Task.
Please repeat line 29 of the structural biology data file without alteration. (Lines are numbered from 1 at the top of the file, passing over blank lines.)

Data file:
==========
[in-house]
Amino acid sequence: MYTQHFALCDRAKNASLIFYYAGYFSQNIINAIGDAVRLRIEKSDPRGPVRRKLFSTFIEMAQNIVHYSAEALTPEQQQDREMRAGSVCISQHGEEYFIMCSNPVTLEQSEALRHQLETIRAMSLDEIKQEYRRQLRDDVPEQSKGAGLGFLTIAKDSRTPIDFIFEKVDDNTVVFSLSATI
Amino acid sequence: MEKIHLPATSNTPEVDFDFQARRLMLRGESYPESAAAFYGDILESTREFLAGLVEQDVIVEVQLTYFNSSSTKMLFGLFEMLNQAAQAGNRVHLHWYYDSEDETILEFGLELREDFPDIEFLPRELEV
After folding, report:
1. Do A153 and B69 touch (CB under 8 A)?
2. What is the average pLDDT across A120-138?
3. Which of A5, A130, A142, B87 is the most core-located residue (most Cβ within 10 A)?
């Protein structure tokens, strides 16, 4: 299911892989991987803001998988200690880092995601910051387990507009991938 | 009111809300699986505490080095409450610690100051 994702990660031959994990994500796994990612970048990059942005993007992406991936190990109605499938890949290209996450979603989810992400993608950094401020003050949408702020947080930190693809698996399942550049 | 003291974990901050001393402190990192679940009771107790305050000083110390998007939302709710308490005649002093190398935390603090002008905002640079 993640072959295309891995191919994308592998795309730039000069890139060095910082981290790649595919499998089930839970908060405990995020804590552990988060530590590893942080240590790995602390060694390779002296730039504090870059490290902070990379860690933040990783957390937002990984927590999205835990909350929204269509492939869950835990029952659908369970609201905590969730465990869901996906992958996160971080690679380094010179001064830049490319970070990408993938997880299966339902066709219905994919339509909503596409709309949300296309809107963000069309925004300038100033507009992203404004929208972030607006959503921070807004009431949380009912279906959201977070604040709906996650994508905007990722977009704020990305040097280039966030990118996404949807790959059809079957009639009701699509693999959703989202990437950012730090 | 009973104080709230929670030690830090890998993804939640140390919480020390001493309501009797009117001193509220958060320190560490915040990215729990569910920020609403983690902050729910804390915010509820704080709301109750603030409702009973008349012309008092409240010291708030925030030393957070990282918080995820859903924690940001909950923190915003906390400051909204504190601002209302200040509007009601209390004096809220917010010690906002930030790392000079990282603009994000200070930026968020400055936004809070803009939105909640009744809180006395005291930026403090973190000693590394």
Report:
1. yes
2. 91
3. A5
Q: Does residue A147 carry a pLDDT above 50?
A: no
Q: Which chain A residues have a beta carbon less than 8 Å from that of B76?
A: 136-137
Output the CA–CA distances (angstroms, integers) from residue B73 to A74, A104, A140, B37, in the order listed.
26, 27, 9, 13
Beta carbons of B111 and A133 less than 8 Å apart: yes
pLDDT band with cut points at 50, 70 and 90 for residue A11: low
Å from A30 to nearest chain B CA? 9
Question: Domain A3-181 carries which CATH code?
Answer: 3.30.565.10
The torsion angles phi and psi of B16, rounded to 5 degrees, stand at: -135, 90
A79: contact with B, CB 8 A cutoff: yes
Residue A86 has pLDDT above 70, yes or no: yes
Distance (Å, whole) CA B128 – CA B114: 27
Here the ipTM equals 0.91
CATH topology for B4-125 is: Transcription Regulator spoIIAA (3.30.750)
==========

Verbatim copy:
CATH topology for B4-125 is: Transcription Regulator spoIIAA (3.30.750)